Sam Wanamaker Theatre promises masses of learning
Earlier this week I had a quick peek at the fabulous new Sam Wanamaker Theatre, the indoor Jacobean space being built as part of Shakespeare’s Globe and due to open early in 2014 – something to look forward to very much.
As I – one of a group of journalists – picked my way through the mud and rubble, I was struck by two thoughts.
First, it is almost incredible that the Globe should have become such a thriving, vibrant place of learning and entertainment, without government subsidy of any sort given that, for many years, most of us saw it as a visionary but impossible twinkle in Sam Wanamaker’s eye. It was hard to keep faith that it would ever be built at all, despite the upbeat optimism of Patrick Spottiswoode appointed, one of only two full-time employees back in 1984, to make education happen. But built it was. And education certainly happened too.
Second – allow me the occasional bit of frivolity please – it is distinctly odd to see in disguise people you have known for a long time. I first met Spottiswoode in 1987 when I took a school party to the then very modest Globe education centre for a workshop. I barely recognised either him or the Globe’s Artistic Director Dominic Dromgoole in hard hats and fluorescent vests on Tuesday.
The new theatre has been designed from – but not to – the famous contemporary drawings for a proposed indoor Jacobean theatre found in Worcester College, Oxford. It will complement the Globe’s main space with indoor plays to be staged in the winter while the summer season continues outdoors as before. With space for an audience of 350 it has two galleries, a pit for 60 people standing and some premium seats close to the stage. The roof will be painted and the London Fire Brigade has agreed to candle lighting in candelabra. At the same time all the foyer space at The Globe is being improved and adapted to integrate the new theatre.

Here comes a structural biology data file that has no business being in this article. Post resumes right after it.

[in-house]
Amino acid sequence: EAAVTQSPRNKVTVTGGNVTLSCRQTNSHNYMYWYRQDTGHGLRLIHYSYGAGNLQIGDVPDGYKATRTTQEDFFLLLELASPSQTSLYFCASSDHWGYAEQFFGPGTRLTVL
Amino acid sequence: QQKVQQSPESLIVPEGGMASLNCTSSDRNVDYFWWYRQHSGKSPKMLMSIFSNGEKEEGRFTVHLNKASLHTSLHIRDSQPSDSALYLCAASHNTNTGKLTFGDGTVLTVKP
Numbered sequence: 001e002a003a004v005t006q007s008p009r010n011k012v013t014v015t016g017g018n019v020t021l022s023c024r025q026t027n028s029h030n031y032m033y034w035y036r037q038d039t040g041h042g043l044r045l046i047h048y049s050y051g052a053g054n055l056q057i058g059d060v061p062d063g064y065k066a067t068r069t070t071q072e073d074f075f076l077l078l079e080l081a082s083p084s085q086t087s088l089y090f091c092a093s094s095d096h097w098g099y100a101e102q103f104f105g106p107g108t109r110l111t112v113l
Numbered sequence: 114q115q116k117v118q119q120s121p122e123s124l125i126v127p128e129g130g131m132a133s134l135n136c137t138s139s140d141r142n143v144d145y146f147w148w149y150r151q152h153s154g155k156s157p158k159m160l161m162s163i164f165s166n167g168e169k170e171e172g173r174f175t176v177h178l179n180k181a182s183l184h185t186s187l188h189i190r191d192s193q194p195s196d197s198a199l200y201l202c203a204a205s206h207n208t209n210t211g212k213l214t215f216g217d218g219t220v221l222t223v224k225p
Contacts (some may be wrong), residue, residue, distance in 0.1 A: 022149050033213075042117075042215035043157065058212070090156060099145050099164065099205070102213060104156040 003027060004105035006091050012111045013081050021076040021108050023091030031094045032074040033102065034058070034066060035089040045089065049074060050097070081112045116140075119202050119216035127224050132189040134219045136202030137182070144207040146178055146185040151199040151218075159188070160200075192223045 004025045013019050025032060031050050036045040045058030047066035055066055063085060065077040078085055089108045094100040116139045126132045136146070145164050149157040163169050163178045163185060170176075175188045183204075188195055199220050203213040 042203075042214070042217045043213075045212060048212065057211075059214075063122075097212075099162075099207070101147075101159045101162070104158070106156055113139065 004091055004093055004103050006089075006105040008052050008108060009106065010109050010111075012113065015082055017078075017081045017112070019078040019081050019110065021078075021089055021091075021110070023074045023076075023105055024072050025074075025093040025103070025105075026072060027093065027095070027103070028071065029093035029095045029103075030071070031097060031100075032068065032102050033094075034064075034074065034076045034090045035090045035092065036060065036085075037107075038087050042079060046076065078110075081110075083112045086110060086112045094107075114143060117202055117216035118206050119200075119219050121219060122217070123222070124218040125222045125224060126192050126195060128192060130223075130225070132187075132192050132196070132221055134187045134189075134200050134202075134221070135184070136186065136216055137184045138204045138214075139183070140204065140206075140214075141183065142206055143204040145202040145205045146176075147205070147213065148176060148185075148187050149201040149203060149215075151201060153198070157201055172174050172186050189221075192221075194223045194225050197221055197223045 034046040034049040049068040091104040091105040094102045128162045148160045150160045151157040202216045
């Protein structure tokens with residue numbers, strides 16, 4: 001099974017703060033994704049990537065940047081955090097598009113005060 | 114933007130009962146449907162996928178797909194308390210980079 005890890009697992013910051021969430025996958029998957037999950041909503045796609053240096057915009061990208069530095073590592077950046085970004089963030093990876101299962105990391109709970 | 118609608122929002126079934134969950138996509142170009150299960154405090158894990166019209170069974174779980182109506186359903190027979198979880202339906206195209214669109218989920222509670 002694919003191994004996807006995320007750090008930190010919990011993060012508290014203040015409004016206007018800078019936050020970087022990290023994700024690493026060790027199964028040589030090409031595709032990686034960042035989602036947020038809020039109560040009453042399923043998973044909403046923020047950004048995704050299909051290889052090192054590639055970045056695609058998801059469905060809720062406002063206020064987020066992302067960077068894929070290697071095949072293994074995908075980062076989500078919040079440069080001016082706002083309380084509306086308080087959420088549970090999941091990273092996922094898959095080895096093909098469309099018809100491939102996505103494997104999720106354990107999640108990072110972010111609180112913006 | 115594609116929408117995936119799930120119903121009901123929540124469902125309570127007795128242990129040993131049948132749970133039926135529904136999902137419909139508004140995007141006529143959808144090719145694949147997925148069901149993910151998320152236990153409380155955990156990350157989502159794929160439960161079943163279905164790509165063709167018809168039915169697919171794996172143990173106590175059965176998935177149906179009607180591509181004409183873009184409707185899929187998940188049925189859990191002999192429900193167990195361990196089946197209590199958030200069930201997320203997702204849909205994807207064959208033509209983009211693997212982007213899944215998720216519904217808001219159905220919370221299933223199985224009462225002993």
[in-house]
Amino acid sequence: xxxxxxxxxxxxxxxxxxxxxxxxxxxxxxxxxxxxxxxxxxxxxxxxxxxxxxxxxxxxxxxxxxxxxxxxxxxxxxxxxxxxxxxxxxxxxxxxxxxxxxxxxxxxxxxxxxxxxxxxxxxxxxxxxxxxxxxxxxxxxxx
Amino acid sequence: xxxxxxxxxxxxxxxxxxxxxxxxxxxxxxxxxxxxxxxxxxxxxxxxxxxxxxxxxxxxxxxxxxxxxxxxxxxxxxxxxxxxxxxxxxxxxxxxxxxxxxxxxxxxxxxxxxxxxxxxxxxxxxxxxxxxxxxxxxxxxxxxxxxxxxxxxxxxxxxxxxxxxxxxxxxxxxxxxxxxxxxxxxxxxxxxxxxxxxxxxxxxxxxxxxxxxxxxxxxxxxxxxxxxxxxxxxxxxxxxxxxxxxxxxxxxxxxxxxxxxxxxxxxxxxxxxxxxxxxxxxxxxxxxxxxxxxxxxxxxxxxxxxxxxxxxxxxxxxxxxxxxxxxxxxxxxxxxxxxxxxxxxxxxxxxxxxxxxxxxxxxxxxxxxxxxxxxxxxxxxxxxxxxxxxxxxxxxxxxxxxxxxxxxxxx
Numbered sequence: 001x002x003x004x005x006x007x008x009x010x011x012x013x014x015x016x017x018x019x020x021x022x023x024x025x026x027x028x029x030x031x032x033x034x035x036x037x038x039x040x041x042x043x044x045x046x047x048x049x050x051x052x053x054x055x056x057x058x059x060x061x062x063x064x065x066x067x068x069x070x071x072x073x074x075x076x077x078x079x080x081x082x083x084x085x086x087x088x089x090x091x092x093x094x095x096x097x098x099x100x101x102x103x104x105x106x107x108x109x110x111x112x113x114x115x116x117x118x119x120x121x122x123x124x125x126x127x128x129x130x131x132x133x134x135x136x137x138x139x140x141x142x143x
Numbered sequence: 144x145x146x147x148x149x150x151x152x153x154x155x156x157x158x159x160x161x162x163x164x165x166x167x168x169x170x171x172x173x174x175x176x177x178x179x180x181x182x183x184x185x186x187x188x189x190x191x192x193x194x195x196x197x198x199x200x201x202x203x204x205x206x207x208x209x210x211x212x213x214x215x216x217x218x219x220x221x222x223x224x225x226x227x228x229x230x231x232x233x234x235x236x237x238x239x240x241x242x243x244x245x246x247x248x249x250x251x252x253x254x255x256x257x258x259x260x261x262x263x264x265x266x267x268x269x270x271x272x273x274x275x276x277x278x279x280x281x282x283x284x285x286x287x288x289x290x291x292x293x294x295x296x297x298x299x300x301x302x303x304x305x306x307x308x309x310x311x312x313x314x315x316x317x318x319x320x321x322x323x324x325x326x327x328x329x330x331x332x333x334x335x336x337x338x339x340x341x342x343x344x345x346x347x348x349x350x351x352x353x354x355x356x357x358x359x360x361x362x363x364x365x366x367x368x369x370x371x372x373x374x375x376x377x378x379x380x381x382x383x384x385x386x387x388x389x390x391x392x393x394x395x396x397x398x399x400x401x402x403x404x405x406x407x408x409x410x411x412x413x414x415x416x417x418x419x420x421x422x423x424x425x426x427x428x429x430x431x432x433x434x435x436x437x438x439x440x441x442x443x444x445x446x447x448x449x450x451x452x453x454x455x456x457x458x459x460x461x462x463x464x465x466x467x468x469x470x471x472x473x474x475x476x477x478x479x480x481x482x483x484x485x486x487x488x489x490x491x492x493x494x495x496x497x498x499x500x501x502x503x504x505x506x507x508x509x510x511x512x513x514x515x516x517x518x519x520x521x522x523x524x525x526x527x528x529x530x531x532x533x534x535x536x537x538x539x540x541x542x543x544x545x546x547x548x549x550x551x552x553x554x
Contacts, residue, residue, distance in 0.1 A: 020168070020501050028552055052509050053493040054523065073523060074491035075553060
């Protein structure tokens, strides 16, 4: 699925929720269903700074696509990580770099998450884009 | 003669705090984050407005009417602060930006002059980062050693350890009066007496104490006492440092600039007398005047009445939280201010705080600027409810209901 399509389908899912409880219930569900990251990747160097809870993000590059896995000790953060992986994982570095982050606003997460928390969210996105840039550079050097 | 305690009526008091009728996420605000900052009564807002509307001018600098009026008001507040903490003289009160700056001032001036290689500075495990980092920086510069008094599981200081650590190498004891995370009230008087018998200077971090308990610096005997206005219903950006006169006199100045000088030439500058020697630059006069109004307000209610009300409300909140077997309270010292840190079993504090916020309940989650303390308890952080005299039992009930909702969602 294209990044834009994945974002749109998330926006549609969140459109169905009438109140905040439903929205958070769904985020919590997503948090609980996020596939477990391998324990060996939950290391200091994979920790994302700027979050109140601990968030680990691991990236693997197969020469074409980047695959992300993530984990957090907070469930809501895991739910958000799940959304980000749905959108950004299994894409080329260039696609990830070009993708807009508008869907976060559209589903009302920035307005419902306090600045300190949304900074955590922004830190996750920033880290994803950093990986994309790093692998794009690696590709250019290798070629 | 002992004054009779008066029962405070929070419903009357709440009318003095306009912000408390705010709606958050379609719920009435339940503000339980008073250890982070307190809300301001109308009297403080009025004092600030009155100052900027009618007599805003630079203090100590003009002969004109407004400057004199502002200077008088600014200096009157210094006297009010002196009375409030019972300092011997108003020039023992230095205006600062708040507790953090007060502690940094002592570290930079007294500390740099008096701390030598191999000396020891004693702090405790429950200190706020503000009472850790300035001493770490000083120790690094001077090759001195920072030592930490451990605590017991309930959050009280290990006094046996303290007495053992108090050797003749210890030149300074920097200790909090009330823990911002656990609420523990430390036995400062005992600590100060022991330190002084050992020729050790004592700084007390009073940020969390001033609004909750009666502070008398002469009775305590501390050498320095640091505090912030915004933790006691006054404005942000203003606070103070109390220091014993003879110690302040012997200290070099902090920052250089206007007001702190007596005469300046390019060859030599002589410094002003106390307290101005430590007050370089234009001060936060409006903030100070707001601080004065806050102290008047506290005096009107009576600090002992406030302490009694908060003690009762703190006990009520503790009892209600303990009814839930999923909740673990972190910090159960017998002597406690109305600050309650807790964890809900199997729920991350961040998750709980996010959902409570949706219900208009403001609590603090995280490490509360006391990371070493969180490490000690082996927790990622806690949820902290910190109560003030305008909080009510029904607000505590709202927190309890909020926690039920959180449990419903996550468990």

The total cost – raised from donations, sponsorship, trusts, companies and individuals is £7.5 million, of which all is in place except the final million and Globe staff would be very pleased to hear from anyone with one to spare. The cost is relatively modest because the shell of the building is already there alongside the Globe itself in New Globe Walk. It used to house education activities but has been freed up since the opening in 2010 of the nearby Sackler Studios for education and rehearsal.
Wanamaker always envisaged an indoor theatre as well as an outdoor one but it wasn’t financially feasible at the outset. Fourteen years after the opening of Shakespeare’s Globe, and the astonishing success it has developed into, today it is.
And what a learning resource the Sam Wanamaker Theatre is going to be. As Dromgoole told the gathering on Tuesday, the new theatre will put a spotlight on Jacobean drama. He believes it will provide a “waterfall of insights” and stresses that some of the research which has gone into the theatre has come from the plays themselves anyway. It won’t just be plays in the new space either. He and his colleagues have already had a lot of interest from companies wanting to use the space for early music and opera during the summer months.
Dr Farah Karim-Cooper is Head of Courses and Research, Globe Education and Chair of the Architecture Research Group. She sees the new theatre as a fine resource for researchers wanting to deduce how plays and theatres worked in the early 17th century.
And think of all those school parties who will flock there – as I took my little band over 20 years ago when there was, as yet, no theatre. Spottiswoode’s department already works with 100,000 learners a year – at all levels and through a dazzling range of projects and initiatives. I’m sure it will now be many more.
Meanwhile it’s a case of waiting with bated breath for the announcement telling us which plays we can look forward to in the first season. We’ll be told in April, Drogmoole says.